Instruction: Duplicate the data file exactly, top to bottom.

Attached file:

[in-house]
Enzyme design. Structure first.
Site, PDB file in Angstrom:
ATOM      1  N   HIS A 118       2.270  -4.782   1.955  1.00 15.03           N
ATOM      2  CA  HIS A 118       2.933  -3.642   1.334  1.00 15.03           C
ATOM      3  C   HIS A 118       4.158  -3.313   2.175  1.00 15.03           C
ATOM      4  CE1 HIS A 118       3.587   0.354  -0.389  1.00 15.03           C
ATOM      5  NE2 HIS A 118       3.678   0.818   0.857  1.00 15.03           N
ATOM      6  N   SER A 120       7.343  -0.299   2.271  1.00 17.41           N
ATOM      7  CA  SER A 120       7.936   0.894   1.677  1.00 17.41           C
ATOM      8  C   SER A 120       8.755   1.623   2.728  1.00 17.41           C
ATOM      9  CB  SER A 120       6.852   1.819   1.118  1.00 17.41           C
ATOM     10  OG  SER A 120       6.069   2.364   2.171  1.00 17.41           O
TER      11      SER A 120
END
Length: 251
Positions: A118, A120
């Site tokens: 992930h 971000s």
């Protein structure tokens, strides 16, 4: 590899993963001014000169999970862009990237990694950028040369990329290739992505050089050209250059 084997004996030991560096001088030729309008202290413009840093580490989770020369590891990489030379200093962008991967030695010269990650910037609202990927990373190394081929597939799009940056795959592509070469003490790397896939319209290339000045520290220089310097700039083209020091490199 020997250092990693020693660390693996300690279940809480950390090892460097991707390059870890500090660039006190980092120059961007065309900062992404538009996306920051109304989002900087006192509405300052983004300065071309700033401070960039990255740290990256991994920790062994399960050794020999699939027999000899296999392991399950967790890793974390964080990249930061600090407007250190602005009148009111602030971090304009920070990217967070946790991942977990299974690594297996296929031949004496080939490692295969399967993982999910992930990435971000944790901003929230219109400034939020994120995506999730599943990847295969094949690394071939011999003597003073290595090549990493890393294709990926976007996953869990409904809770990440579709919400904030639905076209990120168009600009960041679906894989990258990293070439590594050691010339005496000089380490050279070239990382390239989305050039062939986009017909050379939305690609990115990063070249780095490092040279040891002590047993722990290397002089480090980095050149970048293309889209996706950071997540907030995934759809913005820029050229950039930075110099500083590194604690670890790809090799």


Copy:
[in-house]
Enzyme design. Structure first.
Site, PDB file in Angstrom:
ATOM      1  N   HIS A 118       2.270  -4.782   1.955  1.00 15.03           N
ATOM      2  CA  HIS A 118       2.933  -3.642   1.334  1.00 15.03           C
ATOM      3  C   HIS A 118       4.158  -3.313   2.175  1.00 15.03           C
ATOM      4  CE1 HIS A 118       3.587   0.354  -0.389  1.00 15.03           C
ATOM      5  NE2 HIS A 118       3.678   0.818   0.857  1.00 15.03           N
ATOM      6  N   SER A 120       7.343  -0.299   2.271  1.00 17.41           N
ATOM      7  CA  SER A 120       7.936   0.894   1.677  1.00 17.41           C
ATOM      8  C   SER A 120       8.755   1.623   2.728  1.00 17.41           C
ATOM      9  CB  SER A 120       6.852   1.819   1.118  1.00 17.41           C
ATOM     10  OG  SER A 120       6.069   2.364   2.171  1.00 17.41           O
TER      11      SER A 120
END
Length: 251
Positions: A118, A120
């Site tokens: 992930h 971000s």
């Protein structure tokens, strides 16, 4: 590899993963001014000169999970862009990237990694950028040369990329290739992505050089050209250059 084997004996030991560096001088030729309008202290413009840093580490989770020369590891990489030379200093962008991967030695010269990650910037609202990927990373190394081929597939799009940056795959592509070469003490790397896939319209290339000045520290220089310097700039083209020091490199 020997250092990693020693660390693996300690279940809480950390090892460097991707390059870890500090660039006190980092120059961007065309900062992404538009996306920051109304989002900087006192509405300052983004300065071309700033401070960039990255740290990256991994920790062994399960050794020999699939027999000899296999392991399950967790890793974390964080990249930061600090407007250190602005009148009111602030971090304009920070990217967070946790991942977990299974690594297996296929031949004496080939490692295969399967993982999910992930990435971000944790901003929230219109400034939020994120995506999730599943990847295969094949690394071939011999003597003073290595090549990493890393294709990926976007996953869990409904809770990440579709919400904030639905076209990120168009600009960041679906894989990258990293070439590594050691010339005496000089380490050279070239990382390239989305050039062939986009017909050379939305690609990115990063070249780095490092040279040891002590047993722990290397002089480090980095050149970048293309889209996706950071997540907030995934759809913005820029050229950039930075110099500083590194604690670890790809090799």